The emphasis of the Scripture is on God’s faithfulness. Their testimonies constitute the evidence and encouragement we need to build our faith. In spite of incredible odds, impossible situations, and physical impossibilities, God honored His promises to Abraham. He gave him the land, and made him a great nation, and he has become a blessing unto generations. God is God, and He is faithful.

God is not limited by natural law, nor by traditionally accepted religious law. The Pharisees are appalled that Jesus would deign to eat with tax collectors and sinners. No self-respecting rabbi would tarnish his reputation by socializing with the outcasts of society. Yet Jesus is being faithful to His promise made in Nazareth when He read from Isaiah in the synagogue that He would preach to the poor, proclaim release to the captives, and set at liberty those who are oppressed.

He went with the ruler to attend to his daughter even though the distraught father reported to Him that she was already dead. That father believed in a physical impossibility, and Jesus was faithful to that belief. It says in Matthew that the people laughed at Jesus. They must have thought the father was absolutely crazy. Think of the consequences if the father had succumbed to public opinion and Jesus had been sensitive to ridicule from people.

Along the way a woman who had been ill for twelve years physically weak, emotionally drained, and spiritually discouraged reached out in faith, “fully convinced that He would do what he had promised,” and touched his garment. Jesus sensed her presence, turned, spoke to her, and she was healed, body, soul, and spirit.

When discouragement strangles enthusiasm, and hopes are dashed by lack of faith, we need not tumble into the depths of despair. We have testimony, that God is faithful to His promises. He is faithful to His people, and we can exercise our faith in Him (though it might be the size of a mustard seed), and He will be there.

Prayer: Great is Thy Faithfulness 0 God my Father, There is no shadow of turning with Thee; Thou changest not, Thy compassions, they fail not; As Thou has been Thou forever wilt be. (Thomas 0. Chisholm)

In His Peace,
Pastor Schultz

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A Psalm for All Seasons

[Jesus said,] “I am the good shepherd.” (John 10:11a)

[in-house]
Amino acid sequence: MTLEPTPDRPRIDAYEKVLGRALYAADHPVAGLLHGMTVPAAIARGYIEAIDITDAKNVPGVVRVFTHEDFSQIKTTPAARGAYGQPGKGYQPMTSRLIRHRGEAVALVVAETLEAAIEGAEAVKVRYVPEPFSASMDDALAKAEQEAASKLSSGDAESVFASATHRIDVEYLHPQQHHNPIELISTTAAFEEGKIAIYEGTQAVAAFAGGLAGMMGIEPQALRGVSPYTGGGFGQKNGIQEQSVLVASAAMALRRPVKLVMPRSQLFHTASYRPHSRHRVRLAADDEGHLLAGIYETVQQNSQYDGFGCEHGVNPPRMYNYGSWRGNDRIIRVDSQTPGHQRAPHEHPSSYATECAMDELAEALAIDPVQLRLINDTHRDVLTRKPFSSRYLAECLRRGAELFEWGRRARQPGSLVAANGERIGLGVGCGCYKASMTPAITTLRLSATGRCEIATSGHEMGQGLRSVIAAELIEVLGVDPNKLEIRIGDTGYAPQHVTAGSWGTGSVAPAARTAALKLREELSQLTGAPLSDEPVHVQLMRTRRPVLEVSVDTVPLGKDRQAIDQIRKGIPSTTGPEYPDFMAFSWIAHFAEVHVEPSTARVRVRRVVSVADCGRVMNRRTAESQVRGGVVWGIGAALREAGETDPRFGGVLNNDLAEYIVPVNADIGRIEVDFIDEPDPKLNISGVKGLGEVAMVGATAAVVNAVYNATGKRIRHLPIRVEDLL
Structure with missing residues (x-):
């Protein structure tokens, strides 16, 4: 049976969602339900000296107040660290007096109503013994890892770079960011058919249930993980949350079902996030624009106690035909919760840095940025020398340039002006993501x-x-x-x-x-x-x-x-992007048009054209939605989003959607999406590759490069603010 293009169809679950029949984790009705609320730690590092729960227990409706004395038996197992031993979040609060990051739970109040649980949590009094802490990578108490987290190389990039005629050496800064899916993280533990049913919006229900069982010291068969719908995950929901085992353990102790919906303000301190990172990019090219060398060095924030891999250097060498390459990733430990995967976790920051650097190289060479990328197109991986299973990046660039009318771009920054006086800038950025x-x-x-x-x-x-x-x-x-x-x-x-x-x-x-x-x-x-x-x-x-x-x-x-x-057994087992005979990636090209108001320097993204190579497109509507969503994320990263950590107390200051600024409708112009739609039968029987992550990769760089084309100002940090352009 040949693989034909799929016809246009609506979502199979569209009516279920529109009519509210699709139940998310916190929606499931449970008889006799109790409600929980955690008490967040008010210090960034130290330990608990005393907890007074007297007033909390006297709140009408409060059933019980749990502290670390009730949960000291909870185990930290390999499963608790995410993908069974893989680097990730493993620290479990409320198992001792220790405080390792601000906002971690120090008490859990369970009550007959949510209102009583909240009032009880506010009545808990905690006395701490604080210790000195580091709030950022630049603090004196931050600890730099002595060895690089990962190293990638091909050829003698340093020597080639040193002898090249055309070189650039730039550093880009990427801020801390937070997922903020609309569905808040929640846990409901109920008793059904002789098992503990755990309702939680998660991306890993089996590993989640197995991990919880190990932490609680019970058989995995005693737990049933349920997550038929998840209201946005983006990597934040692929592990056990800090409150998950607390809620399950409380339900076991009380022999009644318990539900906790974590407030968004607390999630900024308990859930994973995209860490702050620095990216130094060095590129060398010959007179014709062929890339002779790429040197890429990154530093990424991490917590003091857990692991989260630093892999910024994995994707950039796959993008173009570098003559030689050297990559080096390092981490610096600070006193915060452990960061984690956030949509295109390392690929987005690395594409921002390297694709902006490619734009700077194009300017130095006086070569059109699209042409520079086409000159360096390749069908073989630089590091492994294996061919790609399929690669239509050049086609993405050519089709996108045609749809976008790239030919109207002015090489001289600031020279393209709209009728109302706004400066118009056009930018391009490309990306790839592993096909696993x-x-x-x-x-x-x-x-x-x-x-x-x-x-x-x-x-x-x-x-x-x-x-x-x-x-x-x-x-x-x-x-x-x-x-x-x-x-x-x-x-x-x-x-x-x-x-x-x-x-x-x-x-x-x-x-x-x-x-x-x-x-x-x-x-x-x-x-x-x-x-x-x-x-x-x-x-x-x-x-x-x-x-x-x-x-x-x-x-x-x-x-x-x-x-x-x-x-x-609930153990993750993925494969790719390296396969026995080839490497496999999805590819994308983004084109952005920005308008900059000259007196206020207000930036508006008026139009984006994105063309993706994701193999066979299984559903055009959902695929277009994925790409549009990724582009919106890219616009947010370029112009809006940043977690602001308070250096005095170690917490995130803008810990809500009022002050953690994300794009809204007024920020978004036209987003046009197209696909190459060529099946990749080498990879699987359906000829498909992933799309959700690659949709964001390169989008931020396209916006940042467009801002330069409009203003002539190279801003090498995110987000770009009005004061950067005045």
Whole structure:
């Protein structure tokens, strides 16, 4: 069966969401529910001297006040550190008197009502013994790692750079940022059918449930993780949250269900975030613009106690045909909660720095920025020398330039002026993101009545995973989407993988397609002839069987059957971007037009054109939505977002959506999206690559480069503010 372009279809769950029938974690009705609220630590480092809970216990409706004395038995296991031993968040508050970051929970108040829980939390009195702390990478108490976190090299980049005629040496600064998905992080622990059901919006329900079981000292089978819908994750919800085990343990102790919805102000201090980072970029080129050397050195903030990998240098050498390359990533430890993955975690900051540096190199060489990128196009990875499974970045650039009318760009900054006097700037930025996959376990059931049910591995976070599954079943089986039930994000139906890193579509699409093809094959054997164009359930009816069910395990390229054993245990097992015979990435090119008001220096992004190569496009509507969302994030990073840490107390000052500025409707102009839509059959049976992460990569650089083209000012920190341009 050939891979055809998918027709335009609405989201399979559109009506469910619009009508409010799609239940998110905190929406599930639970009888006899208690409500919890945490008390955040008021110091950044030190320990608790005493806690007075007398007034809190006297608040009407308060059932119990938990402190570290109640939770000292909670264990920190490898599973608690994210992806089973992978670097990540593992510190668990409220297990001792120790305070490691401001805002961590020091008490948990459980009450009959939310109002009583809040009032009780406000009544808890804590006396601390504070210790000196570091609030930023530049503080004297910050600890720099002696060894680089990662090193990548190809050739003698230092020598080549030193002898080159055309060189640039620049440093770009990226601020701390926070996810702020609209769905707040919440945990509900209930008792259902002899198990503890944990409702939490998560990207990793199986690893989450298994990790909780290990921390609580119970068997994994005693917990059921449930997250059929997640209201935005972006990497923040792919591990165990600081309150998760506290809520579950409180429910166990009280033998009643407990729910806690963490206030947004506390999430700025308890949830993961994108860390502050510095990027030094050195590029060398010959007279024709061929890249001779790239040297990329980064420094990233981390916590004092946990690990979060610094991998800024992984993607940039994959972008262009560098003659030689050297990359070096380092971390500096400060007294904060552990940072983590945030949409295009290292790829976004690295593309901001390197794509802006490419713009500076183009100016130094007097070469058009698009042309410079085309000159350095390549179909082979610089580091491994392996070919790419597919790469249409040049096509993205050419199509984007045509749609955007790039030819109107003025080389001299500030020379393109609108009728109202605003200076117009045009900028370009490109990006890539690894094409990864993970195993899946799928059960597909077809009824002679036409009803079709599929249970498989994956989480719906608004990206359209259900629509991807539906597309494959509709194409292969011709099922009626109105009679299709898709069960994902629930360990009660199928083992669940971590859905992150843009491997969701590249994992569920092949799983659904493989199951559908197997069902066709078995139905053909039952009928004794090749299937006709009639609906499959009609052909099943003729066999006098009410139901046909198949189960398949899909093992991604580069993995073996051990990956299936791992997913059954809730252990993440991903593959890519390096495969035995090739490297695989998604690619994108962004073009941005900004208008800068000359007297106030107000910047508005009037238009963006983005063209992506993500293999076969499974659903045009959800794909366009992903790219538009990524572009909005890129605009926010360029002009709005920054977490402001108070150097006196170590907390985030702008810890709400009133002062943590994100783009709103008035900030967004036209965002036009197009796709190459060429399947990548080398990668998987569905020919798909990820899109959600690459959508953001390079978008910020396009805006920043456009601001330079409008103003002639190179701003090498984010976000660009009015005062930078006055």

This month’s Scripture readings continue to echo the great themes of Jesus’ Passion, as God’s people continue their pilgrimage from the feast of Easter to the outpouring of God’s Spirit at Pentecost. What a joyous time of the year, as the church continues to celebrate Christ’s victory over sin and death! This psalm is the focus of our thoughts today.

The Lord is my shepherd; I shall not want. What a grand introduction to all that follows! Because Jesus is our shepherd, we have at this moment, and will have for the rest of our days, everything we will need. There are times when we should stop and rest with him, but will not want to. At such periods, he will, in effect, make us to lie down in green pastures. When we do recognize our need for quiet and rest, his promise is that he will lead us beside the still waters. At other times we undergo deep emotional hurts, injuries to our very selves. While such wounds may be beyond the reach of psychotherapy and counseling, there is one who can heal us: He restoreth my soul.

In a world of conflicting direction about the right path to take, Jesus has promised his Spirit, who will lead us into all truth (John 16:13). He leadeth me in the paths of righteousness for his name’s sake. Some claim they are unable to hear God. It has been the experience of many that a willingness to do whatever he wants enables them to discern his leading.

Suffering and periods of darkness are a part of every life. We have his promise: Yea, though I walk through the valley of the shadow of death, I will fear no evil: for thou art with me. “Jesus is there with me.” At the darkest time of my life this verse proved true. I found the Lord in a person-to-person relationship that has now grown only deeper. I know nothing now can separate me from him.

Protected from enemies by his rod and guided by his staff, surely our heads are anointed and our cups overflowing. His goodness and mercy shall follow us all the days of our lives, and we will dwell in the house of the Lord for ever. Or, as another translation promises, His house will be our home forever.

Shepherd of our souls, guide us safely through the joys and trials of this life, until we are gathered to you in the safety of our home on high. Amen.

In His Peace, Pastor Schultz